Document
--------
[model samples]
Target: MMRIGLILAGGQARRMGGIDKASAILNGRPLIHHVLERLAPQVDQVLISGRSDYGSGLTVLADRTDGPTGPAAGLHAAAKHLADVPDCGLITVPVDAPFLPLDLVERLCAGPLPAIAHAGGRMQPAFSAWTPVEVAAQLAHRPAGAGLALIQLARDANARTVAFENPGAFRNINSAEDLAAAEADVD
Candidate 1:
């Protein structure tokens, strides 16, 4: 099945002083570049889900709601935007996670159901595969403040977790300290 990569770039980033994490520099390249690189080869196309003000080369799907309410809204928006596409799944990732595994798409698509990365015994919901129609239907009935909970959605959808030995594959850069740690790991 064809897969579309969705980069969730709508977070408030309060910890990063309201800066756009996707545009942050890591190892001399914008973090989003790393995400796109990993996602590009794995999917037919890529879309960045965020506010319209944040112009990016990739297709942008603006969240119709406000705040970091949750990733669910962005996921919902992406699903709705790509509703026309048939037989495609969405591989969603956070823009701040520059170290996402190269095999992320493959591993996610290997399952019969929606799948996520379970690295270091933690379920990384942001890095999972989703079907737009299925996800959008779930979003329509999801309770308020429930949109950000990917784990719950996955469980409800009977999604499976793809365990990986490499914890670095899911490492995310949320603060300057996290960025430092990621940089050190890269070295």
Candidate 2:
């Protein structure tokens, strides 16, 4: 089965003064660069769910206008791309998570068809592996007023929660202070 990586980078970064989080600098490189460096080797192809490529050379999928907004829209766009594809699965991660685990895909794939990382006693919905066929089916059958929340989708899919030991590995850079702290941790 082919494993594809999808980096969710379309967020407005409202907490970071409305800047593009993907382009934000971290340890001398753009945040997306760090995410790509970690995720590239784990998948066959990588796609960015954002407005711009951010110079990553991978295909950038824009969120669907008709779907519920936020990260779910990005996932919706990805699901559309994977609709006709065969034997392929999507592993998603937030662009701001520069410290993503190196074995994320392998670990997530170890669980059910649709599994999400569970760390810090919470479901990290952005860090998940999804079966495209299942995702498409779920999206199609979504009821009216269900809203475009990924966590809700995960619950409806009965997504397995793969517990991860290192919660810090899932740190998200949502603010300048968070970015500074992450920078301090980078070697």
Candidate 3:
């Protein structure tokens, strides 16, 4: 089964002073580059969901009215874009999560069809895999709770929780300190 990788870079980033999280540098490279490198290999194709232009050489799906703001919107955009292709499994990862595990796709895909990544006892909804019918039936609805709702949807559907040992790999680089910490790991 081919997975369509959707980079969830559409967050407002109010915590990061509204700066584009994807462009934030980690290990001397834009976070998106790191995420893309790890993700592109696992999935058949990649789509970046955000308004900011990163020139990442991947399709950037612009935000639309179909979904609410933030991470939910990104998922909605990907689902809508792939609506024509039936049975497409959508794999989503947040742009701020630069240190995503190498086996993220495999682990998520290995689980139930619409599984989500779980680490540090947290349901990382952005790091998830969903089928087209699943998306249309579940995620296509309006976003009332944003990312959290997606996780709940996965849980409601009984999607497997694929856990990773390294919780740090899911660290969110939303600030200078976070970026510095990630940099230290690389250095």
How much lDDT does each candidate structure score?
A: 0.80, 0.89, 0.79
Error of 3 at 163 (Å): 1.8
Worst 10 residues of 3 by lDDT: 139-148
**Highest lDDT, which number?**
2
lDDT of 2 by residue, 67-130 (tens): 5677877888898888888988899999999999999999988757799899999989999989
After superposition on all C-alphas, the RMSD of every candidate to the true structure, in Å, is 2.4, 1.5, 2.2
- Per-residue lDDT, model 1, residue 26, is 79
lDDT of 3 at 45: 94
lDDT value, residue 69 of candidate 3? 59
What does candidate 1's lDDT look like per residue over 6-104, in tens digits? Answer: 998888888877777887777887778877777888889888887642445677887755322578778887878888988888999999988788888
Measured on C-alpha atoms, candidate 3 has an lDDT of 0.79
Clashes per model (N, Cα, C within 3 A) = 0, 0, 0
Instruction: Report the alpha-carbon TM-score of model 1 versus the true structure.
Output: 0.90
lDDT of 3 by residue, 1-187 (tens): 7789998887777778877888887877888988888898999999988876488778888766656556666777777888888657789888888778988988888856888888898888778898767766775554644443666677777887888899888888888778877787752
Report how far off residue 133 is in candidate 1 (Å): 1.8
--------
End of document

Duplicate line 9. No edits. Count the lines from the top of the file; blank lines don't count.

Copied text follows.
How much lDDT does each candidate structure score?